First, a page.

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Get started in distance riding with Green Bean Endurance

The program offers support for newcomers to the equestrian sport of endurance riding.

By American Endurance Ride Conference | November 1, 2017

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Photo by jdj150 on flickr/CC BY 2.0

Endurance riding can be an intimidating equine sport. After all, the shortest distance offered is 25 miles long. But a grassroots effort has been growing for the past few years to help the newest riders to learn the sport, meet other new riders, and compete for fun awards just for their group of "newbies.”

Named after the green ribbons new members often tie into their horse’s tails, the group came to be known as the Green Beans. With a clever sense of humor, they further divide themselves into "on the vine” (less than 100 miles completed), "picked” (100-499 miles) and "cooked” (500-999 miles). Riders with more than 1,000 AERC miles can support the organization as mentors but are considered to have "miled out.”

There are individual and team competitions as well as prize drawings. Green Bean participation is an optional add-in for AERC members, with a nominal fee to cover prizes. "It’s not always easy being ‘green,’” said Deb Moe, one of the program administrators. She noted that sometimes just making a connection to another rider makes a huge difference in being successful.

The mainstay of the Green Beans is their educational support and social networking. There are a multitude of Facebook "Green Bean Endurance” pages specific to local areas or regions, with people willing to share their knowledge and create welcoming places where there are no silly questions.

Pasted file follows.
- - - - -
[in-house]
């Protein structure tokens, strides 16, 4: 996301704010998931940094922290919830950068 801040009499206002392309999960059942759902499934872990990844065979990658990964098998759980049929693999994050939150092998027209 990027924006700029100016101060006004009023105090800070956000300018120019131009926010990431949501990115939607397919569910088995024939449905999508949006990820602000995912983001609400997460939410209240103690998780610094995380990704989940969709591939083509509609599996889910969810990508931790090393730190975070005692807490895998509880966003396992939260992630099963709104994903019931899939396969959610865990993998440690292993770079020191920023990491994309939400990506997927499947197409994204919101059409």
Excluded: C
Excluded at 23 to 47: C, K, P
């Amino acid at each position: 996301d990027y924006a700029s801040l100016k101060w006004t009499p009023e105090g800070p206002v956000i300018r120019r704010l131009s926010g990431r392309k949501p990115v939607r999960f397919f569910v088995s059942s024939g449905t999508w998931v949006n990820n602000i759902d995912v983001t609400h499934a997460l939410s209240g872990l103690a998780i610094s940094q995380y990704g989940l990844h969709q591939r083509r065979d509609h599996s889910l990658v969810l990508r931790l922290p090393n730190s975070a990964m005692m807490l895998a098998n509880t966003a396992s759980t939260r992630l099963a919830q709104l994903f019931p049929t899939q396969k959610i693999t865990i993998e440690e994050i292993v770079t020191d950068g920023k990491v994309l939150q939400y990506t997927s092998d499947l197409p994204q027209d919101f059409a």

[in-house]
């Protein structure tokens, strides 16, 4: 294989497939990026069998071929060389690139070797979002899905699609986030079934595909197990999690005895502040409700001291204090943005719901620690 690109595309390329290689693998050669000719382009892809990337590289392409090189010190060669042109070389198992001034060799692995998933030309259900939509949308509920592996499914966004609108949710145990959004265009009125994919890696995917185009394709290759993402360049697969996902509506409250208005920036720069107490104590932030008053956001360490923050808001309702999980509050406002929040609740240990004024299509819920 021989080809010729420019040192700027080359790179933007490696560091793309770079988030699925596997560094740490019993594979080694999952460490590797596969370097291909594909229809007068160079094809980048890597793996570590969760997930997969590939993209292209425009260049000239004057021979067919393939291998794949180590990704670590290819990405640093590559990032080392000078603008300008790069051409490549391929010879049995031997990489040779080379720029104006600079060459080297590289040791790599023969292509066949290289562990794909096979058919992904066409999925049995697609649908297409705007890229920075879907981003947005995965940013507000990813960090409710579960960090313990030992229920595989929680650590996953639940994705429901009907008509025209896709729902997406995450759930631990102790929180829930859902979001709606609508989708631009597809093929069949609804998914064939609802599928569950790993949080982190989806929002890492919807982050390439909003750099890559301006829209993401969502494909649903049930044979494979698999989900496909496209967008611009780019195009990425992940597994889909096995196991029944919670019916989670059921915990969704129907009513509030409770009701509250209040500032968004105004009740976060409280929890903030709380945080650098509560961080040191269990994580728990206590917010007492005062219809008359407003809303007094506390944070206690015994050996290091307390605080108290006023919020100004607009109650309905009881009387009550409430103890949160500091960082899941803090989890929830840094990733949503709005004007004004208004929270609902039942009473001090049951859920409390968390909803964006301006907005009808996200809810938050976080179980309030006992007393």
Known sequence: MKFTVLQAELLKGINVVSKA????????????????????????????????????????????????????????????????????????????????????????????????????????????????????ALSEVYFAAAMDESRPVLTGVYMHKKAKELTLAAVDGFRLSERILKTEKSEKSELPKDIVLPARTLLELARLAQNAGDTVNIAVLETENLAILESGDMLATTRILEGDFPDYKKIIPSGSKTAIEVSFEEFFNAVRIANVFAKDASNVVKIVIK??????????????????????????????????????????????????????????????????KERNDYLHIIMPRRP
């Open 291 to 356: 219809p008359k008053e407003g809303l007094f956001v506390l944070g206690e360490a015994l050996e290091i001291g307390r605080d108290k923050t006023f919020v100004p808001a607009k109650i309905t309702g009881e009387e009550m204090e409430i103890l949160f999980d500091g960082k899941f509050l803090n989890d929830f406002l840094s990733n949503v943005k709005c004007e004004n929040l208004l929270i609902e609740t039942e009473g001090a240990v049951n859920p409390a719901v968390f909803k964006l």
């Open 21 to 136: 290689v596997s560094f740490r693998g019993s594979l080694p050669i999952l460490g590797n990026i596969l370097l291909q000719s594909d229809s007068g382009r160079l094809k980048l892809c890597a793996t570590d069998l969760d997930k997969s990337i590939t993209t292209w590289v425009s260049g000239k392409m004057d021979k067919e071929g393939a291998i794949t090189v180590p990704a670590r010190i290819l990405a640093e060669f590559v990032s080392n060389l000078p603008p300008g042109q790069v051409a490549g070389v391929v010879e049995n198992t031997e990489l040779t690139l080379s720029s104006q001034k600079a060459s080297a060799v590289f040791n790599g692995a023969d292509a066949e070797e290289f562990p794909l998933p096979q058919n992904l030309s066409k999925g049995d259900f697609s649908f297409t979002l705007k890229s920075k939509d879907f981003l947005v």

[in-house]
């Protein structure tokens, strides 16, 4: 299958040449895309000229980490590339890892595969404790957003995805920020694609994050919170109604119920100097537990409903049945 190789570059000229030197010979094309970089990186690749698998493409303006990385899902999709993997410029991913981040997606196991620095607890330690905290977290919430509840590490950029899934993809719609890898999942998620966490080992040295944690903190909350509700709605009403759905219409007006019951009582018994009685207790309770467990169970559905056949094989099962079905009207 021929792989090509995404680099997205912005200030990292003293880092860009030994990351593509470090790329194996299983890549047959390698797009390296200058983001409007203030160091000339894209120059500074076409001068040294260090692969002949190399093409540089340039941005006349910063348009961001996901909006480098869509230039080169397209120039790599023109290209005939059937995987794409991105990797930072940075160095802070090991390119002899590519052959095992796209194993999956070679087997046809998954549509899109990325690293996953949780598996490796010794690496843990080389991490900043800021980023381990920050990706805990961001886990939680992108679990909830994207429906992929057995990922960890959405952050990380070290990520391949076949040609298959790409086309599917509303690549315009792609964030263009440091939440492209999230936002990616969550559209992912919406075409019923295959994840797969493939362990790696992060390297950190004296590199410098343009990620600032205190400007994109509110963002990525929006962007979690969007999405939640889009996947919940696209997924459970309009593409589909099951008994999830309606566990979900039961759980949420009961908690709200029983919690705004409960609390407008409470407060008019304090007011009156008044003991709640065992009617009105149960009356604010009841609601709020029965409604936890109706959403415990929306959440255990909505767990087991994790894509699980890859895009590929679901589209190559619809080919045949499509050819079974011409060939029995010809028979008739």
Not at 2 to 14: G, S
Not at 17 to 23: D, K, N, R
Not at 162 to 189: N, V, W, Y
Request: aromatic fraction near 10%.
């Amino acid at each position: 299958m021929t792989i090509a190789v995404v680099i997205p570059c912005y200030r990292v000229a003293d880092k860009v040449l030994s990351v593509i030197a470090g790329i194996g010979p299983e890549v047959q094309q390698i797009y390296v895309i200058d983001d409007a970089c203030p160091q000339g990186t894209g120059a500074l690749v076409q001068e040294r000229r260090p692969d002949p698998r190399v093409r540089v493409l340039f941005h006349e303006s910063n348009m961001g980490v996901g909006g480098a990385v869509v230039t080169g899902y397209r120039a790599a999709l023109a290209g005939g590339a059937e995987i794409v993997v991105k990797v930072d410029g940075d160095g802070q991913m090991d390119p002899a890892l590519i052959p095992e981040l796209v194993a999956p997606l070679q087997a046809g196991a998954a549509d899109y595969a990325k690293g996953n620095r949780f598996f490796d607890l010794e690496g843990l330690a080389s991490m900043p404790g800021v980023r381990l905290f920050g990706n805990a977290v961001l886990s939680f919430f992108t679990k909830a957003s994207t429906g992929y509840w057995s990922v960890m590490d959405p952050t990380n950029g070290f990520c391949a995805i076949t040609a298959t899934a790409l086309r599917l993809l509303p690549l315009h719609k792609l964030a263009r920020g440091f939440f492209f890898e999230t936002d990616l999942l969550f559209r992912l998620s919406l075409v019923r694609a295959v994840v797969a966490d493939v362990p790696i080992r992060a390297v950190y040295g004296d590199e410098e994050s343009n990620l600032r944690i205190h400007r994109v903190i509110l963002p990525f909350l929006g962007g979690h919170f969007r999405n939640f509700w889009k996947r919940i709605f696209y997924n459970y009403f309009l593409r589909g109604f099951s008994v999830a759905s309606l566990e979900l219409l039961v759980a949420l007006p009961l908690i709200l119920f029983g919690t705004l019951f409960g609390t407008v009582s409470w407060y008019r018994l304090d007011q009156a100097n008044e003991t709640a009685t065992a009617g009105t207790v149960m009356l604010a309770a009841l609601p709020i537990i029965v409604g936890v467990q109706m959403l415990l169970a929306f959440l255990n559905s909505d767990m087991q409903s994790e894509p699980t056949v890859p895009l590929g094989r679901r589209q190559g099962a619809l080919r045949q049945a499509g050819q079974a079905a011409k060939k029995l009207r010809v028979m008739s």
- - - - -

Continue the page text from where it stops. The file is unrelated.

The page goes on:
Erin Hurley-Rosser of Texas, participates in the One Horse One Rider (individual) competition: "The Green Bean group keeps me motivated, even when my ride and ride season plans fall apart. I cheer on other teams and riders because this movement is about our combined successes. We learn and grow together, from the person who has yet to begin to conditioning, to the Green Bean who ‘miles out’, we all have something useful to share.”

Lindsay Waddell of South Carolina is on the team called High Voltage Horses: "Knowledge, encouragement, and competition all in one place—it’s a great way to start!”

Audrey Hager of Texas (team: May the Horse Be With You): "The team camaraderie is great, we share knowledge and stories and help each other out, even if we're in different regions!”

Jaime McArdle of Virginia (team: Rockin Mountain Monstas): "I love the Green Bean program because it takes a pretty individual sport and gives you a 'team' to help encourage and support each other, especially because we are new. At the rides I've begun to meet friends and create an endurance family but the Green Bean team is my first family!”

Find more about the Green Bean Endurance program at www.greenbeanendurance.org. To find out more about AERC, which has been sanctioning endurance rides across the U.S. and Canada since 1972, visit aerc.org. AERC’s educational program, aside from the Green Bean program, includes mentoring with longtime endurance riders, an extensive rider handbook and educational materials sent to every new AERC member.

More information on endurance riding is available by visiting www.aerc.org or by calling the American Endurance Ride Conference office at 866-271-2372. By request, the office will send out a free copy of the 16-page Discover Endurance Riding booklet to prospective members.

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